The Secret to Successful Fundraising

no-secrets-480By Shoshanna Jaskoll

Nonprofits have it rough. They need to run excellent programming, create meaningful results, tell everyone about it, keep it transparent, put out great materials, stay in touch with donors, fund everything while constantly proving their worth- and do it all while squeezing each dollar for more than its worth.

This is not news.

In order to do the above, tremendous pressure is put onto fundraisers to bring in money while spending (and costing) as little as possible.

This is also not news.

The climate in which nonprofits have to operate is just getting more and more difficult.

Are you waiting for the news?

Here it is.

There is a successful formula for fundraising. It is not secret and it is not sacred. It is clear and simple and I’m going to lay it out below.

The only part of this that is uncertain, is you.

Are you willing and able to make the commitment and investment necessary to ensure stable and steady income for your organization?

The essential elements of successful fundraising are:

  • Proper materials. Creative, compelling, to the point, and clear on need.
  • Engaging Online Presence with excellent text, images and clear understanding of purpose.
  • A resource development professional who is respected, a valued member of the management team, fairly compensated, with latitude and appropriate authority.
  • Realistic expectations and understanding of the goals and needs.

Proper materials

Materials in this context means all written communications with donors large and small, individual and institutional. LOIs, grant requests, brochure/one pager, articles, etc., must properly reflect your organization’s core purpose and brand, speak in a unified language with a clear message, and include images that tell your story and show how unique your work is. Together these elements let the reader know exactly why he wants to support you.

Online Presence

An excellent website does the same job as written materials in a smaller amount of time. It is replete with personal stories, ways to get involved, links to your (active) social media feeds, full of images of your work and has an easy link to donate. It is the first place people will look when wanting to know more about you and had better give the reader all she wants without boring her to death or making her work too hard. Your social media profiles will depend on what you do and who your audience is. Generally, Facebook is a must. YouTube, Twitter, Instagram can all be used to raise awareness and keep in touch with supporters making them real partners in the work you do.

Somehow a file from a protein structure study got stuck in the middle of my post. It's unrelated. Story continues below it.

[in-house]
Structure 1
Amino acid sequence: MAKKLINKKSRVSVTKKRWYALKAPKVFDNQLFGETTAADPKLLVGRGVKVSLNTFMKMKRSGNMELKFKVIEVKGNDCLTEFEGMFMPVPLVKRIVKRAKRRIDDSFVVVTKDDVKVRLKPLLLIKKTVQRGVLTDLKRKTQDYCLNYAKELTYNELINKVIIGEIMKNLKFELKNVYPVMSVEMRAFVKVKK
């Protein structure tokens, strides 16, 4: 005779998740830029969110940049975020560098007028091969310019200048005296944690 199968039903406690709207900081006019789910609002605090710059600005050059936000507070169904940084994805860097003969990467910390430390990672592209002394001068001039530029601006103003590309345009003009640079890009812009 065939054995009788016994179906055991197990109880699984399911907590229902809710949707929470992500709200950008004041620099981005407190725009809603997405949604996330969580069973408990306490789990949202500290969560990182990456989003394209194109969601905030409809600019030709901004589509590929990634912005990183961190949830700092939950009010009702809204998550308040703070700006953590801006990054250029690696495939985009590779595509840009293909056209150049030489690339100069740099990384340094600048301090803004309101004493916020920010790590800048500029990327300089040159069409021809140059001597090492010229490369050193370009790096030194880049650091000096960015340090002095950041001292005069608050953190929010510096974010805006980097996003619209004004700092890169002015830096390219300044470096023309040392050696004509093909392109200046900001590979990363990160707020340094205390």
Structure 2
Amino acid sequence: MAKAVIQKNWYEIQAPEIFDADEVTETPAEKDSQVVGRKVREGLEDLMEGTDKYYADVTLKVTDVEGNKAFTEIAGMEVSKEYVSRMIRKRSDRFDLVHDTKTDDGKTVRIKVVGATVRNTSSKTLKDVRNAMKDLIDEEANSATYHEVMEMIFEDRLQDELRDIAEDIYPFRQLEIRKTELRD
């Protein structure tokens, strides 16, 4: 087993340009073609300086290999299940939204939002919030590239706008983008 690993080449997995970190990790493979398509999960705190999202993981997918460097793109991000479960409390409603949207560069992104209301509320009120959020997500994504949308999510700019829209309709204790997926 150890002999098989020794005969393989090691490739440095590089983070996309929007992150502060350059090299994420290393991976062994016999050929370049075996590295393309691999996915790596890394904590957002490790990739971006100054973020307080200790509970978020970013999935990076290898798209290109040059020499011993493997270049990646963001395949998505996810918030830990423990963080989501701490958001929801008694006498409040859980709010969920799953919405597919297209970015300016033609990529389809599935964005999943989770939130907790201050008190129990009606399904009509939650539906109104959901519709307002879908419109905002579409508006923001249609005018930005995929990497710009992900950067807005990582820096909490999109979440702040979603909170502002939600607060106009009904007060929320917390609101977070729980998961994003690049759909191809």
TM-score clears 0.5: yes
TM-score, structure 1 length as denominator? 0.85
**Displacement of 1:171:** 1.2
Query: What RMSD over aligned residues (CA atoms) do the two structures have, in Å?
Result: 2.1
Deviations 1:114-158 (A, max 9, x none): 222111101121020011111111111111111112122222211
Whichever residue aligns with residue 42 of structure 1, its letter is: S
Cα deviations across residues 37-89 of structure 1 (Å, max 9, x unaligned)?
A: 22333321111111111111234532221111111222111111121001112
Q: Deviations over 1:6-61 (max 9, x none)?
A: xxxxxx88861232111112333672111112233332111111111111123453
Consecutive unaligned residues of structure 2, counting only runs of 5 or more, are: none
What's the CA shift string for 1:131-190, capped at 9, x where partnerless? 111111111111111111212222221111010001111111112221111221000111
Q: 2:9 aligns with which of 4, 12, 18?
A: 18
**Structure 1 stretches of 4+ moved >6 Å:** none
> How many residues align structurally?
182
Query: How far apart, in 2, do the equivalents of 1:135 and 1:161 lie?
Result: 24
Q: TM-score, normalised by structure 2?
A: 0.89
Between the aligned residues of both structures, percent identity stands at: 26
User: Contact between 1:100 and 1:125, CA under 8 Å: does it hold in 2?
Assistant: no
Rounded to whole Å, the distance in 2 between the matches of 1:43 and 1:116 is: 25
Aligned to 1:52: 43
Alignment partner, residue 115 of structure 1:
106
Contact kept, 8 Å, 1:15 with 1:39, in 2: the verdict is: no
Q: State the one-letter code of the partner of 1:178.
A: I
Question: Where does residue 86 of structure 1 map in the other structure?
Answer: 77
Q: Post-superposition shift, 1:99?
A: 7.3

All of these materials – donor communications, social media presence and website, must be uniformly branded and speak the same message.

A professional resource developer

This is where a lot of organizations get it wrong. I recently had a conversation with the head of an Israeli organization who is smart, dedicated and looking to hire a fundraiser. He was looking to spend about $13,000 a year for a half time position. I was frank and honest and told him it was a waste of money. Aside from the fact that anyone he hired would have to split his or her time, energy and focus on two jobs, there would not be enough time to make the relationships necessary for proper fundraising.

To raise funds for an organization, one needs to be fully involved, engaged and invested. One cannot do this on a salary that one cannot live on. I asked him how much he expected the fundraiser to bring in and of course the answer was in the hundreds of thousands of dollars. I asked if an investment of $13,000 could be expected to bring in that amount and if perhaps double that might bring in a more capable and dedicated candidate able to give a few more hours for far better results. He agreed and thanked me and I believe he truly has a better understanding of what can be expected. Which brings us to this:

Realistic expectations

Facebook will not bring you millions of dollars. A really awesome Rosh Hashanna letter will not finance a new wing. And a crowdfunding campaign will not raise $50,000 in two days. None of these happen on their own. They come with time, effort, relationship building and after people know and trust your brand. People donate because you touch them, keep in touch with them, AND because they know they can count on you to deliver on your promises.

This happens when your every word to them says the same message and can be shown to be true. It happens when you share your work, the people you help and the unique way you make a difference. It happens when you understand that they need to see and feel what you do.

Invest in your organization and in letting people in, and people will feel confident investing in you.

Shoshanna Keats Jaskoll is cofounder of REACH3K, a boutique branding and communications firm.